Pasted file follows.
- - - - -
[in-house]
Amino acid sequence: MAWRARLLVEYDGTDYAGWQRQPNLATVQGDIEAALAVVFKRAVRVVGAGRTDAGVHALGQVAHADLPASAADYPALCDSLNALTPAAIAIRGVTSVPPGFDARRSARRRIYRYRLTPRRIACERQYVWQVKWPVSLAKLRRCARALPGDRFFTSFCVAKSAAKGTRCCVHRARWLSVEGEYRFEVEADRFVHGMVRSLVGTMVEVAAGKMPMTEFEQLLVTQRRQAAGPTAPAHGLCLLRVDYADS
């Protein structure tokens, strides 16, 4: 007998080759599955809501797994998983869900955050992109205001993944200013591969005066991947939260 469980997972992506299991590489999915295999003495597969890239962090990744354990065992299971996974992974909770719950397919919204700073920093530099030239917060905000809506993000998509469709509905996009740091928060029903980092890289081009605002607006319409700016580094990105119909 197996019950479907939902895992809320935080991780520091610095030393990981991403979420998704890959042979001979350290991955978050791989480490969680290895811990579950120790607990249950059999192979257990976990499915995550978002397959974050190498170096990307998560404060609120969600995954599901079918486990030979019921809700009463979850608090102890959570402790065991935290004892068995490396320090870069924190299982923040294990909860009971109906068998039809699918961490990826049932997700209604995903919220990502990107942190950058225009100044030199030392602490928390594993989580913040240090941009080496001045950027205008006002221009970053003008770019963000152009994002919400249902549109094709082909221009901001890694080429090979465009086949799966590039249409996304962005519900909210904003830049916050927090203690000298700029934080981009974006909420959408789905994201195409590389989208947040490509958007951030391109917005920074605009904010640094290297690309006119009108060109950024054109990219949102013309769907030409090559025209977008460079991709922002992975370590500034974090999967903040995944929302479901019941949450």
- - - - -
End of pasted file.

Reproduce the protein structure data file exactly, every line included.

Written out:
[in-house]
Amino acid sequence: MAWRARLLVEYDGTDYAGWQRQPNLATVQGDIEAALAVVFKRAVRVVGAGRTDAGVHALGQVAHADLPASAADYPALCDSLNALTPAAIAIRGVTSVPPGFDARRSARRRIYRYRLTPRRIACERQYVWQVKWPVSLAKLRRCARALPGDRFFTSFCVAKSAAKGTRCCVHRARWLSVEGEYRFEVEADRFVHGMVRSLVGTMVEVAAGKMPMTEFEQLLVTQRRQAAGPTAPAHGLCLLRVDYADS
């Protein structure tokens, strides 16, 4: 007998080759599955809501797994998983869900955050992109205001993944200013591969005066991947939260 469980997972992506299991590489999915295999003495597969890239962090990744354990065992299971996974992974909770719950397919919204700073920093530099030239917060905000809506993000998509469709509905996009740091928060029903980092890289081009605002607006319409700016580094990105119909 197996019950479907939902895992809320935080991780520091610095030393990981991403979420998704890959042979001979350290991955978050791989480490969680290895811990579950120790607990249950059999192979257990976990499915995550978002397959974050190498170096990307998560404060609120969600995954599901079918486990030979019921809700009463979850608090102890959570402790065991935290004892068995490396320090870069924190299982923040294990909860009971109906068998039809699918961490990826049932997700209604995903919220990502990107942190950058225009100044030199030392602490928390594993989580913040240090941009080496001045950027205008006002221009970053003008770019963000152009994002919400249902549109094709082909221009901001890694080429090979465009086949799966590039249409996304962005519900909210904003830049916050927090203690000298700029934080981009974006909420959408789905994201195409590389989208947040490509958007951030391109917005920074605009904010640094290297690309006119009108060109950024054109990219949102013309769907030409090559025209977008460079991709922002992975370590500034974090999967903040995944929302479901019941949450």